Teachers protest outside a school vouchers conference Monday, where former Schools Chancellor Michelle Rhee will speak Tuesday.
She's no longer employed by the city, but mention Rhee's name and it elicits polar opposite responses, and the vast majority of the crowd Monday isn't happy with her tenure.
While chancellor, Rhee closed schools, renegotiated compensation packages with the teachers union and fired hundreds of teachers. Rhee also supports voucher programs.
Nathan Saunders, the head of the Washington Teachers' Union, says Rhee's tough stance with unions is spreading across the United States.
"She certainly did bring a new furor to the movement," Saunders says.
Test scores increased under Rhee, but an investigation has raised questions about whether officials tampered with those tests.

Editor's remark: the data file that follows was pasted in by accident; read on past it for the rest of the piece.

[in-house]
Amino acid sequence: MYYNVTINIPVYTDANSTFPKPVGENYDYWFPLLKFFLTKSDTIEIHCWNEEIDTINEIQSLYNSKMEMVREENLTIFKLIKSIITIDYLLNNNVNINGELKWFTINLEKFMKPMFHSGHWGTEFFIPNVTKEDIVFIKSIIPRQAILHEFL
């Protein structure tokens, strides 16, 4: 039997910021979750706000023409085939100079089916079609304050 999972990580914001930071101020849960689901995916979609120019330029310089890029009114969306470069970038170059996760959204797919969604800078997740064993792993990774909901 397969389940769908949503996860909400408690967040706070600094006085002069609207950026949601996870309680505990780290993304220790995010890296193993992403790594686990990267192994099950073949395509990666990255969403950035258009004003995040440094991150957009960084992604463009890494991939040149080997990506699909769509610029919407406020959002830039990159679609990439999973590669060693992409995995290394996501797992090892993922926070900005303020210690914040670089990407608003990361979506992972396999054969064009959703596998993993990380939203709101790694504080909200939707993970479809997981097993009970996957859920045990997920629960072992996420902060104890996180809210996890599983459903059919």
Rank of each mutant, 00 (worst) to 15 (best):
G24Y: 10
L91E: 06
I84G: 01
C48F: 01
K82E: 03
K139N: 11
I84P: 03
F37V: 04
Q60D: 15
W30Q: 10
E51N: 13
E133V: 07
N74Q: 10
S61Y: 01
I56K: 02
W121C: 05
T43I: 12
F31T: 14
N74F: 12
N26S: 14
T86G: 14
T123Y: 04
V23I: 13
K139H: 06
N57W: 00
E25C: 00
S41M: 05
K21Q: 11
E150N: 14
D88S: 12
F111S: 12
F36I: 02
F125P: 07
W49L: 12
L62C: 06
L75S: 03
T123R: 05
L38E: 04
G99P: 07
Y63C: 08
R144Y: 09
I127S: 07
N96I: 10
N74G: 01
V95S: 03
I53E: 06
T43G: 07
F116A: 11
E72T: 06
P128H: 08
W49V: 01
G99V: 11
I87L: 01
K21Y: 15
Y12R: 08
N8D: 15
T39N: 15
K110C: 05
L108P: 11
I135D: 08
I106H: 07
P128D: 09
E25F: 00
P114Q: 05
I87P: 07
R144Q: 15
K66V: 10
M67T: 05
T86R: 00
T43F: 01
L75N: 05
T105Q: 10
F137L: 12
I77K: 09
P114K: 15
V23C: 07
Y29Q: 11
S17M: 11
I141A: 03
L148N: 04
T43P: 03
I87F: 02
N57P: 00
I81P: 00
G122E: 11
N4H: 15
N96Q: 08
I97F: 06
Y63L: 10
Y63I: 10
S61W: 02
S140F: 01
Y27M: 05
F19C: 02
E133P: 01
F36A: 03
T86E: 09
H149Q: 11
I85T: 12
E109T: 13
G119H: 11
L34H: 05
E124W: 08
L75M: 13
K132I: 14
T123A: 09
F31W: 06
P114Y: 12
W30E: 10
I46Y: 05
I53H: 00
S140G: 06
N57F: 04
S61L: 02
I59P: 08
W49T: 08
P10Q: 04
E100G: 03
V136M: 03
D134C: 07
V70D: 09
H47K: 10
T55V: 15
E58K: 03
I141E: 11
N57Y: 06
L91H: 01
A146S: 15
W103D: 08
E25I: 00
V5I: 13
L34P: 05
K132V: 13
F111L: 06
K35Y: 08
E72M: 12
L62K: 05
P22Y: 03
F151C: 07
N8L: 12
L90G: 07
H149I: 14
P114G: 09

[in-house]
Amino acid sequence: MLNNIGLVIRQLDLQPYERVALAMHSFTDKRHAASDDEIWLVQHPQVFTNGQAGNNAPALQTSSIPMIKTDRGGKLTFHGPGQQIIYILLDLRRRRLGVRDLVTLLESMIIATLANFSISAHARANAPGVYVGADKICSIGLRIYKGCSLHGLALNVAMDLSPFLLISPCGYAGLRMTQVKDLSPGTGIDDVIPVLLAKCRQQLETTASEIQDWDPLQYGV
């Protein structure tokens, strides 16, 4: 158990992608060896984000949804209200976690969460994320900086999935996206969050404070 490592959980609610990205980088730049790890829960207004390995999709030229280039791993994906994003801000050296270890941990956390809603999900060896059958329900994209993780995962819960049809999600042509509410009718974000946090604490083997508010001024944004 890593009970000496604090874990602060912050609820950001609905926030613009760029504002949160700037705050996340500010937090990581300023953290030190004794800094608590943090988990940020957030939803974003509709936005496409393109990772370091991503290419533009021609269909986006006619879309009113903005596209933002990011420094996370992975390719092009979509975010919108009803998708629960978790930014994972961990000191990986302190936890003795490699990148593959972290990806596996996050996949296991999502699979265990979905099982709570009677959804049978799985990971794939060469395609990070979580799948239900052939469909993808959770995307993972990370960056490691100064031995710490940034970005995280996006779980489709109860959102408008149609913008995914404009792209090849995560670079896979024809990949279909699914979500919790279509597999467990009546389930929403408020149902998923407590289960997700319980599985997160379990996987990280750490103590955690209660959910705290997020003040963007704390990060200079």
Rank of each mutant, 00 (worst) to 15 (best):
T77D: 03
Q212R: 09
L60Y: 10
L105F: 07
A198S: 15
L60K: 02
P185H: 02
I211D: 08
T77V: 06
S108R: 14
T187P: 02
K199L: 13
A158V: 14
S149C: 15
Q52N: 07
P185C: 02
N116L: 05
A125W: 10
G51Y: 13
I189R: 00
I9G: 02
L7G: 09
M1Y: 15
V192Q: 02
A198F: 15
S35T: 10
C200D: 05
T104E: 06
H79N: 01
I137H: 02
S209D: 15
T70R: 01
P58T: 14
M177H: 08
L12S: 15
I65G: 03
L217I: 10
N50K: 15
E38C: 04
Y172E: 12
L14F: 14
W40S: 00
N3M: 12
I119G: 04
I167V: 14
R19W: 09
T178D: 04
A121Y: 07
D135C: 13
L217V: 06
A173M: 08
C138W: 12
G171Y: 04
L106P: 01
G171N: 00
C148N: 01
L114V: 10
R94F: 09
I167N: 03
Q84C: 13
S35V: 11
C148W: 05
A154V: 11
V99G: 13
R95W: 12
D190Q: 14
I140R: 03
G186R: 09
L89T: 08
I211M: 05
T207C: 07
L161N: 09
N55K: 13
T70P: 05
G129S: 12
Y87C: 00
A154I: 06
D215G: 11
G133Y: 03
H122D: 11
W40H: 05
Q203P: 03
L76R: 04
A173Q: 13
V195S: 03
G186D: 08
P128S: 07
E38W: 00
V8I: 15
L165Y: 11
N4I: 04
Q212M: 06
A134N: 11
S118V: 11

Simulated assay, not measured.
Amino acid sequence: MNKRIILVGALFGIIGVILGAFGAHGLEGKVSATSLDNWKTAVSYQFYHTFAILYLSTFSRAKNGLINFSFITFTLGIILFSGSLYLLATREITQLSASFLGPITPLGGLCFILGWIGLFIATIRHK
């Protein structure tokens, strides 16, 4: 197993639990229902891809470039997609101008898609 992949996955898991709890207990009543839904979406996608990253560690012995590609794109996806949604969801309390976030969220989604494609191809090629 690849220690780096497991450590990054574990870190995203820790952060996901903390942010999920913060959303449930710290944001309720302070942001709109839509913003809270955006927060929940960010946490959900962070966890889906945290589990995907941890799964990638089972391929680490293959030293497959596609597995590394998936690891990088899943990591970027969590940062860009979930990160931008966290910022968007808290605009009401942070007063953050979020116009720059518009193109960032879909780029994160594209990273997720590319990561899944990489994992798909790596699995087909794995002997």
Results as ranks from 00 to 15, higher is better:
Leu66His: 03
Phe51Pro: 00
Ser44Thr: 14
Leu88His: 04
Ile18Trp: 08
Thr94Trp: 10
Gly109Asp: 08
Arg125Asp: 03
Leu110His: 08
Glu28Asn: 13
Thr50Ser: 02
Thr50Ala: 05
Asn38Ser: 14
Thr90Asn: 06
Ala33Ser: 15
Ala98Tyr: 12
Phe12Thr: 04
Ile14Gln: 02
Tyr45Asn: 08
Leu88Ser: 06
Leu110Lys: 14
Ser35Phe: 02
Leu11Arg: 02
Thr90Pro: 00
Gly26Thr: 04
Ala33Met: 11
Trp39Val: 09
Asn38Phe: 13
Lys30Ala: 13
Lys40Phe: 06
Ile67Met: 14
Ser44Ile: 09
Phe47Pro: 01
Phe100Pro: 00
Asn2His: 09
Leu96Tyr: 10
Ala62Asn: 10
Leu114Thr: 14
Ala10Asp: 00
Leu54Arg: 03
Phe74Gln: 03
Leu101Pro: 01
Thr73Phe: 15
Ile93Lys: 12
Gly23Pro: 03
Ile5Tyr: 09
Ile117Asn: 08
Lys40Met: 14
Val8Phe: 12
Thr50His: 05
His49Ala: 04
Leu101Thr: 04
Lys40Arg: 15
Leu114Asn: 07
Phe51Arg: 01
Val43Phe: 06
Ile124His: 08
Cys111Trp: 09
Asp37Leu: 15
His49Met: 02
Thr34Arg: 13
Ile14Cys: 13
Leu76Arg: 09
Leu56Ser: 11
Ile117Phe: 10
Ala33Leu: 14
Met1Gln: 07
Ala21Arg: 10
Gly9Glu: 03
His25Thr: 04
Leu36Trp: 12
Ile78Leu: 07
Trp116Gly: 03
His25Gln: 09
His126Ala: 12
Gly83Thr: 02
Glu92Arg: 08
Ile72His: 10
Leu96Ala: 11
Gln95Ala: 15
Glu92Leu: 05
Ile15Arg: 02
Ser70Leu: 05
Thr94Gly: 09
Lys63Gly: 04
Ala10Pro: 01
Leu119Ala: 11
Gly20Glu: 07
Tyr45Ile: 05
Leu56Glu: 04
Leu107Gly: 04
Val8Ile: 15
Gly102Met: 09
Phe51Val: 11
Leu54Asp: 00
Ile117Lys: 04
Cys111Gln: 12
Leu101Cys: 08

"What were concerned about is that there are a lot of voucher programs around the country, and those voucher programs have not been proven to be true," says Michael Morrill, with the Pennsylvania group Keystone Progress.
A very small group of voucher supporters stopped by too. Brendan Steinhauser, of the conservative group Freedom Works, says vouchers are one of many educational reforms that should be on the table.
"It's important because I think it injects competition into the school system," Steinhauser says.
Rhee is slated to speak at the conference Tuesday morning.